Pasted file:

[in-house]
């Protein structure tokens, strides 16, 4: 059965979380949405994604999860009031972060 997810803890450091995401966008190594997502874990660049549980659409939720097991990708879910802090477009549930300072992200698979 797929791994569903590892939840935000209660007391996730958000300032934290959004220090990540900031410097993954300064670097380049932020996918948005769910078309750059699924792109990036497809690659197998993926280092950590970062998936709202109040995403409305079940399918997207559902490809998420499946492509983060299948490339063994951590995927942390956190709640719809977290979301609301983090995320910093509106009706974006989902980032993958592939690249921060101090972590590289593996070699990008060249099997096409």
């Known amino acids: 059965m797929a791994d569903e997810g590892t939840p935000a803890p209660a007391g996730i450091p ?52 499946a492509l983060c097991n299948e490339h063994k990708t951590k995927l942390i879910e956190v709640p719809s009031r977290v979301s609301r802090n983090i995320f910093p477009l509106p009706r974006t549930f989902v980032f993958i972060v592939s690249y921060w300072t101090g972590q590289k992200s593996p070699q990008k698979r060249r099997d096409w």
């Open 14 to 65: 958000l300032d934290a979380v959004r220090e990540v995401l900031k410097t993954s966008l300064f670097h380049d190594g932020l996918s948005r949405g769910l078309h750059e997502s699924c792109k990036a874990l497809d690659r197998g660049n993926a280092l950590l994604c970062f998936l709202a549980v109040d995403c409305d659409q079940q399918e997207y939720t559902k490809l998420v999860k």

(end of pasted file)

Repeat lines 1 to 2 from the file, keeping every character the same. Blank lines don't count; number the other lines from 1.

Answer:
[in-house]
């Protein structure tokens, strides 16, 4: 059965979380949405994604999860009031972060 997810803890450091995401966008190594997502874990660049549980659409939720097991990708879910802090477009549930300072992200698979 797929791994569903590892939840935000209660007391996730958000300032934290959004220090990540900031410097993954300064670097380049932020996918948005769910078309750059699924792109990036497809690659197998993926280092950590970062998936709202109040995403409305079940399918997207559902490809998420499946492509983060299948490339063994951590995927942390956190709640719809977290979301609301983090995320910093509106009706974006989902980032993958592939690249921060101090972590590289593996070699990008060249099997096409």